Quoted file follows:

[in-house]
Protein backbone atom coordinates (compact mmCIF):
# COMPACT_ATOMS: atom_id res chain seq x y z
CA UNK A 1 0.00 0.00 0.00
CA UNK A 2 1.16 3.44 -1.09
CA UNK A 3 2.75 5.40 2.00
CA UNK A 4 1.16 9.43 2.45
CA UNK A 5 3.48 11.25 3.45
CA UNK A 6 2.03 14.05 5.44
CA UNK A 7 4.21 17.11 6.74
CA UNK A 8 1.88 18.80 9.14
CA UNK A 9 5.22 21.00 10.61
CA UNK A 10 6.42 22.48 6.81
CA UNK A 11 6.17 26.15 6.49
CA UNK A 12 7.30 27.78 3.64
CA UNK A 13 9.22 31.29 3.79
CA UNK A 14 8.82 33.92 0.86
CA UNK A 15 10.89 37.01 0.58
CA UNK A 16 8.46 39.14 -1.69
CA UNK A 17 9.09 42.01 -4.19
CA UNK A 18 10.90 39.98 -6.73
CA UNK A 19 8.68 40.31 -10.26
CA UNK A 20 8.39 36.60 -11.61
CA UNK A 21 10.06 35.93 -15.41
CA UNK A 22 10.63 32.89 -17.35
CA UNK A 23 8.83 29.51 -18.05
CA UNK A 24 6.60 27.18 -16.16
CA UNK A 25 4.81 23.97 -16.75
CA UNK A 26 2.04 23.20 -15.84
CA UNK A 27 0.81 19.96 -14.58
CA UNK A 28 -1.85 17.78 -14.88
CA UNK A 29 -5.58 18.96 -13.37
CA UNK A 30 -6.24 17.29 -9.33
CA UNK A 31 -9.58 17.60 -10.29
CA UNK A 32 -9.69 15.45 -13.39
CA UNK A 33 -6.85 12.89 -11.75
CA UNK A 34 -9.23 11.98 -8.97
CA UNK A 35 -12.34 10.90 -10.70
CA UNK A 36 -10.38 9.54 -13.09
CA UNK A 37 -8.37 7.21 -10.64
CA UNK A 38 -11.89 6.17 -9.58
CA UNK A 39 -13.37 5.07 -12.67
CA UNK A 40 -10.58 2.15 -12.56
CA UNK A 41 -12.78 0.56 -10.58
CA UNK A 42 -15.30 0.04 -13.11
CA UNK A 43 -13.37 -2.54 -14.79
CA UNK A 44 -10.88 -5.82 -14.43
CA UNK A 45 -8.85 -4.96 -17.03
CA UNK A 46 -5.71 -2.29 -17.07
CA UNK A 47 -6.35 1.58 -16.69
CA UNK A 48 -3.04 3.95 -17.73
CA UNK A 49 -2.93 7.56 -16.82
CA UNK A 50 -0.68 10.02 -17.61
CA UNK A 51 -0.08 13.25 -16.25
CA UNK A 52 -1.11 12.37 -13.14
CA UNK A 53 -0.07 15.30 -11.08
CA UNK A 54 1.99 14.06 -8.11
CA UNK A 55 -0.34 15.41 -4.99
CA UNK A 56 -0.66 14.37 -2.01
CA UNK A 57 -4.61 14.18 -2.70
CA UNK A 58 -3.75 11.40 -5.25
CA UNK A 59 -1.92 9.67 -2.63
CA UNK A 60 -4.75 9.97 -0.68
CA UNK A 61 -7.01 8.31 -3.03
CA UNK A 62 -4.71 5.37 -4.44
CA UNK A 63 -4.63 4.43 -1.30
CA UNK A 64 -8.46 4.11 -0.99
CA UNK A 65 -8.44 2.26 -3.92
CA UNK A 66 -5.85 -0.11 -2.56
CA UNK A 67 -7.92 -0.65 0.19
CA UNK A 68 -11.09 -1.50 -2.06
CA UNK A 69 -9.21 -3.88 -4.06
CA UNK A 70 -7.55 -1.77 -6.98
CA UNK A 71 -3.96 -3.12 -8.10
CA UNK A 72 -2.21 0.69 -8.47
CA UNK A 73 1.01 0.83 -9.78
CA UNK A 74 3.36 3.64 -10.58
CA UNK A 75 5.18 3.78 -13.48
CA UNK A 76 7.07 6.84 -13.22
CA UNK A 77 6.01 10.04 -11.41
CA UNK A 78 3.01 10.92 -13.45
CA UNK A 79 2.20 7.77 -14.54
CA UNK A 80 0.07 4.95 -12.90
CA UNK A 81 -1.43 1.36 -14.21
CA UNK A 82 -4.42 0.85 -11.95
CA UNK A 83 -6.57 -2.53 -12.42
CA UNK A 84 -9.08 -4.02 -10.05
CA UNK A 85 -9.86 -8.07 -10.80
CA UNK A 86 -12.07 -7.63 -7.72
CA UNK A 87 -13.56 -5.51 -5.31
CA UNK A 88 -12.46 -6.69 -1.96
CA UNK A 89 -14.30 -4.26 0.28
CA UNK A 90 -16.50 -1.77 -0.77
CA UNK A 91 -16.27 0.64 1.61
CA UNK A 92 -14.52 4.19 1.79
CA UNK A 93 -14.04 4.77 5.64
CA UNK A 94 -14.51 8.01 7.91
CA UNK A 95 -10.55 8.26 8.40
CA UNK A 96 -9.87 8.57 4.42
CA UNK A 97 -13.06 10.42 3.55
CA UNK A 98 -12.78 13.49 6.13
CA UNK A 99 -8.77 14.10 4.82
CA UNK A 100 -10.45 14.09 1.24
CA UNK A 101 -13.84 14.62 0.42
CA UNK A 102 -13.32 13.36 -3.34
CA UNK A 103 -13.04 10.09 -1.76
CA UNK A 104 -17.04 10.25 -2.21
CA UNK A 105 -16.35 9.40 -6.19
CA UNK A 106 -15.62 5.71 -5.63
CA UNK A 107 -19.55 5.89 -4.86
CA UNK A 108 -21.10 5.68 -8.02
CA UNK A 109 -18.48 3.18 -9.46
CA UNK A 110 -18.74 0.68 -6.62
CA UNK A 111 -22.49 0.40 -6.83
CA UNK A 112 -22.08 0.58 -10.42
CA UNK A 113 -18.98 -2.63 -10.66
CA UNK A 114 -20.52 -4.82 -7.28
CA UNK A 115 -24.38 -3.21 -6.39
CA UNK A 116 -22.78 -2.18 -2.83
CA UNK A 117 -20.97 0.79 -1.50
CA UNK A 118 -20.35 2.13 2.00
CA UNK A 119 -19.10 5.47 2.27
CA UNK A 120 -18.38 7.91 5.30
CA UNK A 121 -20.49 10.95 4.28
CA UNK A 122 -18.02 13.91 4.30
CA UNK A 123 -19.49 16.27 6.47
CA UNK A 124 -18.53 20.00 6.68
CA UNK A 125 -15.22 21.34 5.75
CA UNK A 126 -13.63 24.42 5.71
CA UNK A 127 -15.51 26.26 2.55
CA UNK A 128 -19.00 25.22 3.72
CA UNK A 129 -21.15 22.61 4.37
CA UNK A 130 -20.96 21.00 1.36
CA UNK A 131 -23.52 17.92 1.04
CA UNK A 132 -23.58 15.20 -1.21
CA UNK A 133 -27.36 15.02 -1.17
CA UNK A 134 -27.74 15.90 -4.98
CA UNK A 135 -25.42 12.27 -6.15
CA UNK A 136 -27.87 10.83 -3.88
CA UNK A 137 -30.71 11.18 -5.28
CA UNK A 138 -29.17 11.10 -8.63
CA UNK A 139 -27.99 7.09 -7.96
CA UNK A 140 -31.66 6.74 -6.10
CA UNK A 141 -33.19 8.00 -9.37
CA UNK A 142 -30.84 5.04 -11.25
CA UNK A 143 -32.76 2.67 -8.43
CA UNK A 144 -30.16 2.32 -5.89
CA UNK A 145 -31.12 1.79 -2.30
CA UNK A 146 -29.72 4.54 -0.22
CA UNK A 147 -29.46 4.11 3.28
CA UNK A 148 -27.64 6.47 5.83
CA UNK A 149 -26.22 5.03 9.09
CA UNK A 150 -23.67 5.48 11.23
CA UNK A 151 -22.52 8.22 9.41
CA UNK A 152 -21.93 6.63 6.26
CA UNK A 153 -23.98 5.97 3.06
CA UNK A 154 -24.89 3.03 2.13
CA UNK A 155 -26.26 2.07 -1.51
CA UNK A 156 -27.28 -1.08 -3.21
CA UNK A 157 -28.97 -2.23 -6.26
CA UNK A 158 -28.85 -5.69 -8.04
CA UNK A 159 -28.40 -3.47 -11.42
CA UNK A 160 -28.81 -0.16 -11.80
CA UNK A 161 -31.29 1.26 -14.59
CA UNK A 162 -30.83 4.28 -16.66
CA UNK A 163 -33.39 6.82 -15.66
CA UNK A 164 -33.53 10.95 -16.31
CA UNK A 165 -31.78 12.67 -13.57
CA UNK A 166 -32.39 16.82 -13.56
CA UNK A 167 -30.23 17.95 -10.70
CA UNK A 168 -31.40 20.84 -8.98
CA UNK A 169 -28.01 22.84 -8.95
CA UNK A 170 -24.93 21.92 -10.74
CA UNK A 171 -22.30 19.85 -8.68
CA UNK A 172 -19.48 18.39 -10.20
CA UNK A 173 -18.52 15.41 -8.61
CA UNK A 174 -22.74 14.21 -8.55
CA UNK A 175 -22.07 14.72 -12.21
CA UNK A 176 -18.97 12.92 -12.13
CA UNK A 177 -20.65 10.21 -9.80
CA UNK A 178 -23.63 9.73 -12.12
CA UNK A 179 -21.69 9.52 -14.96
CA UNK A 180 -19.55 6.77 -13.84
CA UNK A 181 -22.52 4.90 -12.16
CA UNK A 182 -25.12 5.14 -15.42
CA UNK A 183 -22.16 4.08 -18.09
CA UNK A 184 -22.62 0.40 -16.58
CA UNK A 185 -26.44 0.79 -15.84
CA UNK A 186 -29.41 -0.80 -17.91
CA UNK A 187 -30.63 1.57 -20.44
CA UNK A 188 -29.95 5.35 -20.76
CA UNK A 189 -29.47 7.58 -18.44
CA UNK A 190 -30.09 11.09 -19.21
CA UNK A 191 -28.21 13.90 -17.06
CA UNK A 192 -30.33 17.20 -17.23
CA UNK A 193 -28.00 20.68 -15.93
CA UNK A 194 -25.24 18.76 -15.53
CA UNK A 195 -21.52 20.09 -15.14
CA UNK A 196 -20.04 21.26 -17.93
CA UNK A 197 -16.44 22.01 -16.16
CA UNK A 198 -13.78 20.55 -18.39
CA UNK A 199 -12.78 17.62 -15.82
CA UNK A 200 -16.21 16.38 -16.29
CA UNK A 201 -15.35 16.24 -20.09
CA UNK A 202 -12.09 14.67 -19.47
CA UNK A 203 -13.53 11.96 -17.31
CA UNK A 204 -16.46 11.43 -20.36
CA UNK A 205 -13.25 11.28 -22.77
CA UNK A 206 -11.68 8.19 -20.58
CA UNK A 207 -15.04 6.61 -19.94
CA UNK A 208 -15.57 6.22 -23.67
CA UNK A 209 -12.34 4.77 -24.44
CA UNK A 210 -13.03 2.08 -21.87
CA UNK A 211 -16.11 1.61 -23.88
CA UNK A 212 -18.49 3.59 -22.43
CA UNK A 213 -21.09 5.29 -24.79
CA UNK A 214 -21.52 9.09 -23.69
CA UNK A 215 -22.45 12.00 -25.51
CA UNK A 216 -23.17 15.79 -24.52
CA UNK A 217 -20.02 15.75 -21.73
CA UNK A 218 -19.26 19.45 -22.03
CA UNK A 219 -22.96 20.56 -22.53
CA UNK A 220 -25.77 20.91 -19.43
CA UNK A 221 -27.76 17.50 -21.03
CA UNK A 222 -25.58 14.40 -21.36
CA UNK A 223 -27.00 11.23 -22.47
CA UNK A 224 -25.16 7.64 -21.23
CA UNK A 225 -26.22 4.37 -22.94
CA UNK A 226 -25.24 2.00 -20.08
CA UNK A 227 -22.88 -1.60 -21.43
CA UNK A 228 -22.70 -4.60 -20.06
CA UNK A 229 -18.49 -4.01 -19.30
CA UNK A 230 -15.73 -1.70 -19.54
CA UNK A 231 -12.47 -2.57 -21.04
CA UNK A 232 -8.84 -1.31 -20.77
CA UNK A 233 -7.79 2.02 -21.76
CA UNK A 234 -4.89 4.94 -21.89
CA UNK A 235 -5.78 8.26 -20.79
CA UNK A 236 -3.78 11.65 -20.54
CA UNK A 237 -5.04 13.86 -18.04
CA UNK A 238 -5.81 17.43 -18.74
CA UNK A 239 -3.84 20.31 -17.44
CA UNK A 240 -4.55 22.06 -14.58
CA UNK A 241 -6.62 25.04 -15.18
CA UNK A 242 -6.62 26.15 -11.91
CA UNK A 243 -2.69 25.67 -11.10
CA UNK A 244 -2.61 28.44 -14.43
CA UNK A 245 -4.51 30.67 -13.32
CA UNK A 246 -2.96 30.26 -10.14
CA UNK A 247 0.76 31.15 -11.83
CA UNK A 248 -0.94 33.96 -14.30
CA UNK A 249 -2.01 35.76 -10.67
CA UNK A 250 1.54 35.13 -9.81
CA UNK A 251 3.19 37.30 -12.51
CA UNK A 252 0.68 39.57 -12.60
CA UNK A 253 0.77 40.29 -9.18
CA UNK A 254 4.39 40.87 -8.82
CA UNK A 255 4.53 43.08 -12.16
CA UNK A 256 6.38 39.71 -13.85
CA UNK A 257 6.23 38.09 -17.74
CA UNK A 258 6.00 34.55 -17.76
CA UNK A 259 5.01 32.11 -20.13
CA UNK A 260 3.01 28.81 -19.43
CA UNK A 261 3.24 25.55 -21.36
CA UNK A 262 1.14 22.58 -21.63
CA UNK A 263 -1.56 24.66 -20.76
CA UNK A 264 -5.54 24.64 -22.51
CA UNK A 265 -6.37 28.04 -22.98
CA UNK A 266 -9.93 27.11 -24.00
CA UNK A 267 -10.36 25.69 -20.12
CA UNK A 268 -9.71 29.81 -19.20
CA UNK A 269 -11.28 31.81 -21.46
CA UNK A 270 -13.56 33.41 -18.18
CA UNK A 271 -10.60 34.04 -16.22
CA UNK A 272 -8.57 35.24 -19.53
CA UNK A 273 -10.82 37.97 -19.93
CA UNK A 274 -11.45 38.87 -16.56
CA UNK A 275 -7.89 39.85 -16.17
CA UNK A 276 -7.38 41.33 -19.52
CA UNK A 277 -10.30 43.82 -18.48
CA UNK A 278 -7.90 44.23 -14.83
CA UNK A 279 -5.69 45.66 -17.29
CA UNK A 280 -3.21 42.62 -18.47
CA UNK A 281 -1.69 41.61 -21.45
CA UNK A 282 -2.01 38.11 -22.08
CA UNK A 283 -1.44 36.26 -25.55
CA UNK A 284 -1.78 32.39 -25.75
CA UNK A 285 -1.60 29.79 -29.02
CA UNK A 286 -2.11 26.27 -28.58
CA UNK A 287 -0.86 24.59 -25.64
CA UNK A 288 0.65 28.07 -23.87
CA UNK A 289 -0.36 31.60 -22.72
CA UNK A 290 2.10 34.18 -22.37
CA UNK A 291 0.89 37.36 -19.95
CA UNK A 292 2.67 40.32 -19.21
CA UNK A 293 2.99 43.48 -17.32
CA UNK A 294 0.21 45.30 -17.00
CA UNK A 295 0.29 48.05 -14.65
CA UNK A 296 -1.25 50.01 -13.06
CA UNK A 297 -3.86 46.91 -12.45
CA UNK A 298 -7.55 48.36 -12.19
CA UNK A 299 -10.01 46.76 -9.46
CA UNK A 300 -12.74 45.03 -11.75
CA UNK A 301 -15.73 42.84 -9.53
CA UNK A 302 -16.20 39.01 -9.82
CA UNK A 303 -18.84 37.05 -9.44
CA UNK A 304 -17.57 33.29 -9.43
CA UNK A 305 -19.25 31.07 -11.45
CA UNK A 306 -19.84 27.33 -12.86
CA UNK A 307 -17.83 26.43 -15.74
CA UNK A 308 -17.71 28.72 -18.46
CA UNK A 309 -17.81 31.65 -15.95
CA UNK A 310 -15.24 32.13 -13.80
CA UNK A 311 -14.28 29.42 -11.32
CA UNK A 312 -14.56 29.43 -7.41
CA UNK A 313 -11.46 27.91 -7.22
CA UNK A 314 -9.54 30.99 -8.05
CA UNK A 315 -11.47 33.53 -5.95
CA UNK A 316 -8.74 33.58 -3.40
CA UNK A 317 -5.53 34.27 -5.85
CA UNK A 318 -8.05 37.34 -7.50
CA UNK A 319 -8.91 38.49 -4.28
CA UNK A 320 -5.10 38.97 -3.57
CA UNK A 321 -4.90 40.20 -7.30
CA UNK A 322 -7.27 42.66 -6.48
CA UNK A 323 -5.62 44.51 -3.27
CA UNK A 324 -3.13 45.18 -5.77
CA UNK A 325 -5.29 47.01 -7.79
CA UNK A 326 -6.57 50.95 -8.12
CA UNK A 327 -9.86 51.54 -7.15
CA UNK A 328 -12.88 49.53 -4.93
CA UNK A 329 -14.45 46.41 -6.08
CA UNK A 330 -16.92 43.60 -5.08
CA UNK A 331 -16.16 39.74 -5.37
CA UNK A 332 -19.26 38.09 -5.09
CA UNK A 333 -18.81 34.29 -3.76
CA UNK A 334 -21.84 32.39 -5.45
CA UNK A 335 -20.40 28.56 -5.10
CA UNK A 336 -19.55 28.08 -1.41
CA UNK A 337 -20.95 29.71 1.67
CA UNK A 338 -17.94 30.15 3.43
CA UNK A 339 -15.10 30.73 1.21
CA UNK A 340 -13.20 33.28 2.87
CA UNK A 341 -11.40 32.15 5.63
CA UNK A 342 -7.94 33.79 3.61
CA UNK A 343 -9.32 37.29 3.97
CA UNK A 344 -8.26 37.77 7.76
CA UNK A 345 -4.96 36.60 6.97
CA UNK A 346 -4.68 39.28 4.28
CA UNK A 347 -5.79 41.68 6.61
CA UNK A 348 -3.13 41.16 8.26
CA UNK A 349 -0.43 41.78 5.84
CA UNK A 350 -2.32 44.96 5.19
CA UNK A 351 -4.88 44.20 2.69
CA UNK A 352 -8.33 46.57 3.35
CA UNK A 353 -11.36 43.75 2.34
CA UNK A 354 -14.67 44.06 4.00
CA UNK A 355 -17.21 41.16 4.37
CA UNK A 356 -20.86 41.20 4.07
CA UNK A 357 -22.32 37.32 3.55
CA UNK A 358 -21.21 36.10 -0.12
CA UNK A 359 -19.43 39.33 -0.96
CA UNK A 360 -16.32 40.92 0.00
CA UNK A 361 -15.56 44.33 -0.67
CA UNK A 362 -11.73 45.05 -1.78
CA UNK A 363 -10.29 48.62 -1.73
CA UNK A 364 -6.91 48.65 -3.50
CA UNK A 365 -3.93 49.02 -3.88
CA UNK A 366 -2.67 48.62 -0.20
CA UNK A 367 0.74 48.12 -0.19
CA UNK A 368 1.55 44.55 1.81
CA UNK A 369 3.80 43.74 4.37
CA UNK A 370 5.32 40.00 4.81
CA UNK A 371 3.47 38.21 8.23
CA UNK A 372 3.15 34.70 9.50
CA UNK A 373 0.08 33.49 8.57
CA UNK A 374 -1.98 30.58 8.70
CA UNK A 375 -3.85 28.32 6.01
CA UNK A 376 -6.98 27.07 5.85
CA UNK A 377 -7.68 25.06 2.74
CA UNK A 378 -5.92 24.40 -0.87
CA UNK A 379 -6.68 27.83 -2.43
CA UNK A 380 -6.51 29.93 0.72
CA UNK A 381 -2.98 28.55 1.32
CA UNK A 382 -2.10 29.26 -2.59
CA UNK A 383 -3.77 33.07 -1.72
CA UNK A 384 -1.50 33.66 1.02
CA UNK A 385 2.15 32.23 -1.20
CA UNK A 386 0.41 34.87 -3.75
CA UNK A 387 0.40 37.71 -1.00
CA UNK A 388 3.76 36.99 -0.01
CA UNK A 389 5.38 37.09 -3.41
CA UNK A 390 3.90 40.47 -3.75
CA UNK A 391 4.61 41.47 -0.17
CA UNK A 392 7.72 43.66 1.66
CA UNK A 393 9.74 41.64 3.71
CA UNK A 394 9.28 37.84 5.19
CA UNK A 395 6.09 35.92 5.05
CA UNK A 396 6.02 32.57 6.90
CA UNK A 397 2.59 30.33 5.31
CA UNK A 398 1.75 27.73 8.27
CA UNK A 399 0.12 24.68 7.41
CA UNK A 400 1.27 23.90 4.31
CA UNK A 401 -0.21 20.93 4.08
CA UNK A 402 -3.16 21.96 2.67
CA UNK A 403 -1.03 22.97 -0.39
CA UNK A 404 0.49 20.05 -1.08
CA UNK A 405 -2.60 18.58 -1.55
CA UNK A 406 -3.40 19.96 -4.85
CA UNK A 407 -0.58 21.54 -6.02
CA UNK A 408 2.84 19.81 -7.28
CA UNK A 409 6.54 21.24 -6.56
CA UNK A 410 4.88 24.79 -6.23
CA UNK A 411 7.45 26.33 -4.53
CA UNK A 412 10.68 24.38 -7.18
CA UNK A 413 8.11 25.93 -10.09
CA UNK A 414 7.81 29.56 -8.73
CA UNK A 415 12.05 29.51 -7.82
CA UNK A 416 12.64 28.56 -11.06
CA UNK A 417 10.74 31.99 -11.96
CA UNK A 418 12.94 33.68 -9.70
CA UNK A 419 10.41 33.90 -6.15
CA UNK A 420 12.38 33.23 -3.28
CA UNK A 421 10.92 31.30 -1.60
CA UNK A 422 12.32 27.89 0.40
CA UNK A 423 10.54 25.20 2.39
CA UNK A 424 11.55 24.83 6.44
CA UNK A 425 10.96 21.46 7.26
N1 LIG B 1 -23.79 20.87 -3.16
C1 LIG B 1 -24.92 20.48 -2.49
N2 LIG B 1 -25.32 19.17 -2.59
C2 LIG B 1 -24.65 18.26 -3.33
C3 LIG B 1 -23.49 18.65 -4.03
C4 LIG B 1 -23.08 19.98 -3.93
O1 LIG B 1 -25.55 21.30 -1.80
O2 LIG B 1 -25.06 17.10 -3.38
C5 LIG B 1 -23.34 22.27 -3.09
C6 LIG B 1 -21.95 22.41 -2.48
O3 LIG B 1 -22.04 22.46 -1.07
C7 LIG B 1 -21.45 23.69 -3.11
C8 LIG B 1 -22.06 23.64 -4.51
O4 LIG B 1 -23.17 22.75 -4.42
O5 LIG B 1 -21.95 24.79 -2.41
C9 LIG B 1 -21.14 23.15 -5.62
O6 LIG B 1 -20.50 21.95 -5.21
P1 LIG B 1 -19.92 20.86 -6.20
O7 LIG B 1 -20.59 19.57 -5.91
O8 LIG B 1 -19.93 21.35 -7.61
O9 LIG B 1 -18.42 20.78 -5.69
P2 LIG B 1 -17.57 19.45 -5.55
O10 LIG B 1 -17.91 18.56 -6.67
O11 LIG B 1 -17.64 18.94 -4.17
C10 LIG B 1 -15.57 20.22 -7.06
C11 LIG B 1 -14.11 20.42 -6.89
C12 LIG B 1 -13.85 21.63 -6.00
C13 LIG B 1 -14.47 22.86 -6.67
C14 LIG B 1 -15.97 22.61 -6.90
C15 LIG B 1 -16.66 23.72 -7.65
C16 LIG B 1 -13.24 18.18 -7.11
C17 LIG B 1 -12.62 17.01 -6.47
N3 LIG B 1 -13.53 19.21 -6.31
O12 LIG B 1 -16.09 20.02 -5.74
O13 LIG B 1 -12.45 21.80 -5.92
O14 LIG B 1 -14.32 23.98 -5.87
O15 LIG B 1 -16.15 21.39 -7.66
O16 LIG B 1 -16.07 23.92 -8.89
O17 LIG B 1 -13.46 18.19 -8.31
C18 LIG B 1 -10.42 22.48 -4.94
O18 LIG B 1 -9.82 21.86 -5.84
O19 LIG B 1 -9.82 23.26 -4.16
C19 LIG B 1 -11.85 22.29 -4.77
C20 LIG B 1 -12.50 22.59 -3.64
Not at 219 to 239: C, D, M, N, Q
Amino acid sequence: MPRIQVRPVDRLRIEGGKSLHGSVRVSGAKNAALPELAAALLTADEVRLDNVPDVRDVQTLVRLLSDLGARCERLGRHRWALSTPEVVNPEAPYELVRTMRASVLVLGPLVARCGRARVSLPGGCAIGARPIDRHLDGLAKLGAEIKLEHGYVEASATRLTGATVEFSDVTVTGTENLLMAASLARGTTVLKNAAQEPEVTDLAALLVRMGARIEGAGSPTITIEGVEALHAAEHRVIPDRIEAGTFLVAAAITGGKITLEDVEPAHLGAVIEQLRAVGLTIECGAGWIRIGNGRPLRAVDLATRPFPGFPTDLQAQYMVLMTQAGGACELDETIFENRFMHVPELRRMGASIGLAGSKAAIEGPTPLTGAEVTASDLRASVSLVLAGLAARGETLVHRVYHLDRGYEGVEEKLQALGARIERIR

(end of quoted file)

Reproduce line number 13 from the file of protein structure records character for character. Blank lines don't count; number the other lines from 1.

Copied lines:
CA UNK A 10 6.42 22.48 6.81